You have reached the Cape May birding hotline, a service of New Jersey Audubon Society's Cape May Bird Observatory. Highlights of the week ending Jan. 20, 1994 include COMMON REDPOLL, SNOWY OWL, BLACK-LEGGED KITTIWAKE, COMMON EIDER, LESSER BLACK-BACKED GULL, SHARP-TAILED SPARROW, SEASIDE SPARROW, TREE SPARROW, FOX SPARROW, AMERICAN BITTERN, TREE SWALLOW, COMMON YELLOWTHROAT, YELLOW-BELLIED SAPSUCKER, REDHEAD, BALD EAGLE, ROUGH-LEGGED HAWK, AMERICAN WOODCOCK, BROWN THRASHER, news and announcements.
COMMON REDPOLL sightings are coming in now; two were in Port Republic on Jan. 15, one was at the South Cape May Meadows (SCCM) on Jan. 13; two at Higbee Beach on Jan. 17; and nine in Cape May Point on Jan. 20. A PURPLE FINCH was seen for one day only in Goshen on Jan. 15.
Two SNOWY OWLS have been at Holgate since early January, most recently reported Jan. 15. They might be anywhere, at the far end of the beach or up near the houses. They both seem to be immature birds. A SNOWY OWL continues to be seen at Cape Henlopen, Delaware; call the Del. hotline for details.
An adult BLACK-LEGGED KITTIWAKE and two sub-adult male COMMON EIDERS were seen at the Coast Guard Jetty from the Wildwood Crest side on Jan. 14. This jetty is very accessible from the north side; just park near the beach at the south end of Wildwood Crest and walk the beach all the way to the jetty. This is Coast Guard property but access is permitted. Once you reach the jetty be very careful; it is very slippery and dangerous. The birds can often be seen without walking out on the jetty.
Ocean Drive, the road between Cape May and Wildwood Crest, was quite good on Jan. 14. An adult LESSER BLACK-BACKED GULL was again seen on the shell pile behind Axelsson and Johnson's fish market. Six SEASIDE SPARROWS, five SHARP-TAILED SPARROWS, and one AMERICAN BITTERN were in the marshes on the roadside. TREE SPARROWS are in evidence with sightings at feeders and yards in Goshen and Cape May, and along the trails at Cape May Point state park and Higbee Beach. Both TREE SWALLOW and COMMON YELLOWTHROAT were seen Jan. 17 at the state park. A YELLOW-BELLIED SAPSUCKER lingers in a yard at the north end of Lily Lake at Cape May Point. Eight SNOW BUNTINGS were seen Jan. 20 on the beach at the Concrete Ship. Two REDHEADS were seen Jan. 20 at Cape May Point, one in the ocean waters near the Bunker, and the other around the jetties at Saint Mary's-by-the-sea.
EAGLES continue to be seen and are probably having a field day with all the stressed waterfowl. Two adult BALD EAGLES were seen Jan. 14 at Corbin City Wildlife Management Area, an area of impoundments on the north side of the Tuckahoe River. The birds were perched on the ice in the impoundments drinking from a lone hole in the ice. A MERLIN was seen Jan. 19 in North Cape May. Five different ROUGH-LEGGED HAWKS were seen at Mott's Creek north of Brigantine NWR on Jan. 19. This seems to be the only place in South Jersey where Rough-legs are being seen this winter.
The freezing temperatures day after day are taking a toll on the birds. CMBO's butterfly garden at 707 East Lake Drive has had some thawed ground most of the week and attracted a near-starving AMERICAN WOODCOCK and an assortment of other normally-rare winter skulkers, inc luding two CATBIRDS, two BROWN THRASHERS, and at least 3 FOX SPARROWS. WOODCOCK are especially affected by the deep freeze since they feed by probing the ground. They are forced out to road shoulders where they often are road-killed. Between 20 and 30 Woodcock were counted between Cape May and Cape May Point this week. One of the last relatively mild days, Jan. 13, a number of Woodcock were seen and heard displaying at dusk.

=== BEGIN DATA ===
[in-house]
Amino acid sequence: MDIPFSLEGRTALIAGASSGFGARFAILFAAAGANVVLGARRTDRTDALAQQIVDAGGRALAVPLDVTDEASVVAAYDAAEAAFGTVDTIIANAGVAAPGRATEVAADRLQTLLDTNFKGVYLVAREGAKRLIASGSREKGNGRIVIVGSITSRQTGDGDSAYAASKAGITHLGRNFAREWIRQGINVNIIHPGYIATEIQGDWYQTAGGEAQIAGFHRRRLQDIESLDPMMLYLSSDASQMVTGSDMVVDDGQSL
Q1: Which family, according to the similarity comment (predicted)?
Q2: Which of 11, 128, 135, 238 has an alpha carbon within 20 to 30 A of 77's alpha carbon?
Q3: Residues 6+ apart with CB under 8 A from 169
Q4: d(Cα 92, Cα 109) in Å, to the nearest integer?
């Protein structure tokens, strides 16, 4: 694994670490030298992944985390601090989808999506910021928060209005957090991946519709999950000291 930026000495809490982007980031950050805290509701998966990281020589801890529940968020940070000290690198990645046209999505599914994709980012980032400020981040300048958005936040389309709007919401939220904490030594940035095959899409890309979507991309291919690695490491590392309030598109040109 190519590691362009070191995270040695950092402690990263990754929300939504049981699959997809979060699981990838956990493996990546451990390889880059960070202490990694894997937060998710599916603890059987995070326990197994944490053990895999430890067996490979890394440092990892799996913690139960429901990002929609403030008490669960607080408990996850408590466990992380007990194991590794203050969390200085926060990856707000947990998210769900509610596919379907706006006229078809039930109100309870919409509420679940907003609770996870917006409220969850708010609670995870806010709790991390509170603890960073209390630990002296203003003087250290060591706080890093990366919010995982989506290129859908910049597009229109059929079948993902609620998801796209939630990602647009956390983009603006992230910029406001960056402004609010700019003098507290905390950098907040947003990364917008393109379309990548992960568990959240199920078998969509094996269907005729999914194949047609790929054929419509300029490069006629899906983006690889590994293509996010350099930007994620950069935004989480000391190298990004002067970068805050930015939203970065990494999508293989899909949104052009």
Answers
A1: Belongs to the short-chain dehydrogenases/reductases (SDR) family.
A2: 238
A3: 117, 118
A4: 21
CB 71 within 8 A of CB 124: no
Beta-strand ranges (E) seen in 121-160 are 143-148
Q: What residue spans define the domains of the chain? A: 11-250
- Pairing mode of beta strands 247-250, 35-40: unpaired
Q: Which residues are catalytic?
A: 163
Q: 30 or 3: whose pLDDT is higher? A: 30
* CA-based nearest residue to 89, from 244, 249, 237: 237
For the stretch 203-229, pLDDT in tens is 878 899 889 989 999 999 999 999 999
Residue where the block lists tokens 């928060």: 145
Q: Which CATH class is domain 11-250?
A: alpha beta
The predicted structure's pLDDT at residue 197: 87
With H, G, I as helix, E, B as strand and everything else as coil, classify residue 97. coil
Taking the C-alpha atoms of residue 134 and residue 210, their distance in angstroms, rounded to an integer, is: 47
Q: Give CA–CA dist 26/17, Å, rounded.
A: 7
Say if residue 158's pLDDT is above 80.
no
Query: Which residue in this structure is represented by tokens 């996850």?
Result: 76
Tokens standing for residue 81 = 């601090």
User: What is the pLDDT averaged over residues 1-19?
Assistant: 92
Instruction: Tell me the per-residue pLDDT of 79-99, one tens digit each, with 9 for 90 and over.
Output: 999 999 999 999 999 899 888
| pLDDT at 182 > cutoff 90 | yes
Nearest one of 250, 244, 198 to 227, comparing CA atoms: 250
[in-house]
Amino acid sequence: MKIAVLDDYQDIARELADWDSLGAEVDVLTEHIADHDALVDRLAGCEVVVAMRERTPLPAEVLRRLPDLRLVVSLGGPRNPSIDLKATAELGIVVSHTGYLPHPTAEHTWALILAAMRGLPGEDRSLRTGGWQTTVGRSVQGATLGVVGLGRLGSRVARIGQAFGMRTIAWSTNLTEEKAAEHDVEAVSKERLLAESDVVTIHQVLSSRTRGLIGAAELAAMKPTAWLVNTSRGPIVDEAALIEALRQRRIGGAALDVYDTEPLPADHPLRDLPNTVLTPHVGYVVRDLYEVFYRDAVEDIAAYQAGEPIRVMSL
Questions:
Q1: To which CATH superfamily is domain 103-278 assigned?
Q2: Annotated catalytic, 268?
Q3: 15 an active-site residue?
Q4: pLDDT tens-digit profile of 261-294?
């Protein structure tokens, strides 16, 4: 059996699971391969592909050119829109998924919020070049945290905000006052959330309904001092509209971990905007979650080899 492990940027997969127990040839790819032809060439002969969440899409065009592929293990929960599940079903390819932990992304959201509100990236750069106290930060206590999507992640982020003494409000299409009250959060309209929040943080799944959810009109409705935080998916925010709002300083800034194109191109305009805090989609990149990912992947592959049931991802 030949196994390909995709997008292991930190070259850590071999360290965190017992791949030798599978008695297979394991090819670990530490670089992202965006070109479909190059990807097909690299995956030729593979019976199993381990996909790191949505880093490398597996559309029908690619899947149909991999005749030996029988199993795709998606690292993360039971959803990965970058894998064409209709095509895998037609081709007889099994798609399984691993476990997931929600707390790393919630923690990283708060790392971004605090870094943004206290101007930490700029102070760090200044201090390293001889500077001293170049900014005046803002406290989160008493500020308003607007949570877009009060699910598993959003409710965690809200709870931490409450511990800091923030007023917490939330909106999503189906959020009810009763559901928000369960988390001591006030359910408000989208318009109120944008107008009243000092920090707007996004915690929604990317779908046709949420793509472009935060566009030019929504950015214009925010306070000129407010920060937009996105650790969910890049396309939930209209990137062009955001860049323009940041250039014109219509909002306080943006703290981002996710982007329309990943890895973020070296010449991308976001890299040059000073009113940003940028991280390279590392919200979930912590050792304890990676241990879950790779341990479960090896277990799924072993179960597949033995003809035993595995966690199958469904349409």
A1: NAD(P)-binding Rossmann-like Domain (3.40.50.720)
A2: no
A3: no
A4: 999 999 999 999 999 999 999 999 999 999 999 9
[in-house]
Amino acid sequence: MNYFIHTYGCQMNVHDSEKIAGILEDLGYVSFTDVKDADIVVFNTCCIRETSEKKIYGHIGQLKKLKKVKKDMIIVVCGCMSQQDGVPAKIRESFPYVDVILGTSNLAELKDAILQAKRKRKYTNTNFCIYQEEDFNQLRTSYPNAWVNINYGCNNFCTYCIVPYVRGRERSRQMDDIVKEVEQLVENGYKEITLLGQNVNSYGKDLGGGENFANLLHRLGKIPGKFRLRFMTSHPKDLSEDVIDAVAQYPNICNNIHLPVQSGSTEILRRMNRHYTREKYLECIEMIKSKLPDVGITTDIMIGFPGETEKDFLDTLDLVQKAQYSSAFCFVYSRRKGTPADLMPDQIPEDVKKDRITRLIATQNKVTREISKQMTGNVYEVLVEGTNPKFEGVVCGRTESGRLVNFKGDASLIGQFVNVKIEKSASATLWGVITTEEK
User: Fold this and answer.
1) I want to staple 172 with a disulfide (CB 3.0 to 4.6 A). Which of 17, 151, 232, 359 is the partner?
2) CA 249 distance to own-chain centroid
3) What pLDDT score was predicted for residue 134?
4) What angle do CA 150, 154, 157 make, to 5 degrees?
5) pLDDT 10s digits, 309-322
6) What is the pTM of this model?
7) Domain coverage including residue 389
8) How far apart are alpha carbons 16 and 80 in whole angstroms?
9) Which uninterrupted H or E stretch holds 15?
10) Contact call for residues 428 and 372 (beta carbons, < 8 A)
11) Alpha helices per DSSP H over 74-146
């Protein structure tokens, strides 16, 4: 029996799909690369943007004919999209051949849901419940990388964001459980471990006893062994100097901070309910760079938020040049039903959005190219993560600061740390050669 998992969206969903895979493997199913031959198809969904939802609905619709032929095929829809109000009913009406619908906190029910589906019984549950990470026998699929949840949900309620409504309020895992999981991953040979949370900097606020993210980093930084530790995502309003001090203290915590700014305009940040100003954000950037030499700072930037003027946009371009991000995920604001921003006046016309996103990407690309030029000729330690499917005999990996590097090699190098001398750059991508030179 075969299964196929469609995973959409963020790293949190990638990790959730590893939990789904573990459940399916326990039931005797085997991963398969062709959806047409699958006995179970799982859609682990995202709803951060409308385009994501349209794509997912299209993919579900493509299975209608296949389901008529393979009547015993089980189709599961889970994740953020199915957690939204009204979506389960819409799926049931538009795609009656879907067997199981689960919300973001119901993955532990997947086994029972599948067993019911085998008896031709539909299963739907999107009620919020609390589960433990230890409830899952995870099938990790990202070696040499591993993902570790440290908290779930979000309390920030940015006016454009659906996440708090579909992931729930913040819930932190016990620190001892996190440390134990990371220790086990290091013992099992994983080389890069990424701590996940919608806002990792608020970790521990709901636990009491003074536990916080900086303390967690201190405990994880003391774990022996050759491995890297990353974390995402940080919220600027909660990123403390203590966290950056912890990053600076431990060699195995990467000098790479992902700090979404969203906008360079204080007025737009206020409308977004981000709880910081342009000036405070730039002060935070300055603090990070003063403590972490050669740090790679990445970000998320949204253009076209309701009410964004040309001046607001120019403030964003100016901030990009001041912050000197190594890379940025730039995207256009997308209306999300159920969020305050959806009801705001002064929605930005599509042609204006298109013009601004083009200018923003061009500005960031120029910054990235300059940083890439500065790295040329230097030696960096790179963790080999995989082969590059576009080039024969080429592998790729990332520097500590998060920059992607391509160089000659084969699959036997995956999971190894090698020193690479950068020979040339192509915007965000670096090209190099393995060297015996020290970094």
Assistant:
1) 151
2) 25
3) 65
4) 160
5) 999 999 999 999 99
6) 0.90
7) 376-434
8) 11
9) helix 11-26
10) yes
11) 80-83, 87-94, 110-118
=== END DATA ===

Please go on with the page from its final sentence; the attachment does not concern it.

CMBO's sea watch at the north end of Avalon still is producing migrants. At least 650 birds were counted on Jan. 19, including Buffleheads, Canada Geese, Red-breasted Mergansers and Double-crested Cormorants. A flight on Jan. 17 produced mostly 88 Red-throated Loons and a number of Horned Grebes. The total now stands at over 168,000 birds; the watch is being staffed as time and weather permit. It's located at Seventh St. in Avalon.
Pelagic trip announcements: the Miss Chris fishing boat, Capt. Fred Ascoli, will offer a birding pelagic trip on Monday Feb. 21 (President's Day), going 15 to 40 miles offshore; leaving at 5 AM, out 12 hours, costs $50/person. Call (609) 884-3939 to register or for more information. Sure to fill quickly, a pelagic trip is scheduled for Memorial Day Weekend by Armas Hill's Focus on Nature tours. The boat leaves from Barnegat Light at 8:30 PM May 27, goes out to Hudson Canyon and returns at about 6 PM the following day. Cost is $89. Call (302)5291876 for details or registration. In addition, the Miss Chris runs Saturday fishing trips starting Feb. 19, twelve hours long, leaving at 5 AM, and fishing for cod, pollock and ling. Birders are welcome but the focus is fishing and you still have to pay. Call Fred Ascoli as above for information.
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Cape May Bird Observatory is a research and education unit of the New Jersey Audubon Society. Our aim is to perpetuate and preserve the ornithological significance of Cape May. Your membership supports these goals and this birding hotline. For more information regarding Cape May birding, our programs and field trips, phone our office or write to CMBO, PO Box 3, Cape May Point, NJ 08212. If you're in the area please stop by our headquarters at 707 East Lake Drive, Cape May Point. The Cape May birding hotline is a service of Cape May Bird Observatory and includes sightings from Cape May, Atlantic, and Cumberland counties and adjacent areas. Updates are made on Thursday evening, more often if warranted. Please report sightings of rare or unusual birds to CMBO at (609) 884-2736. Thank you for calling; good birding.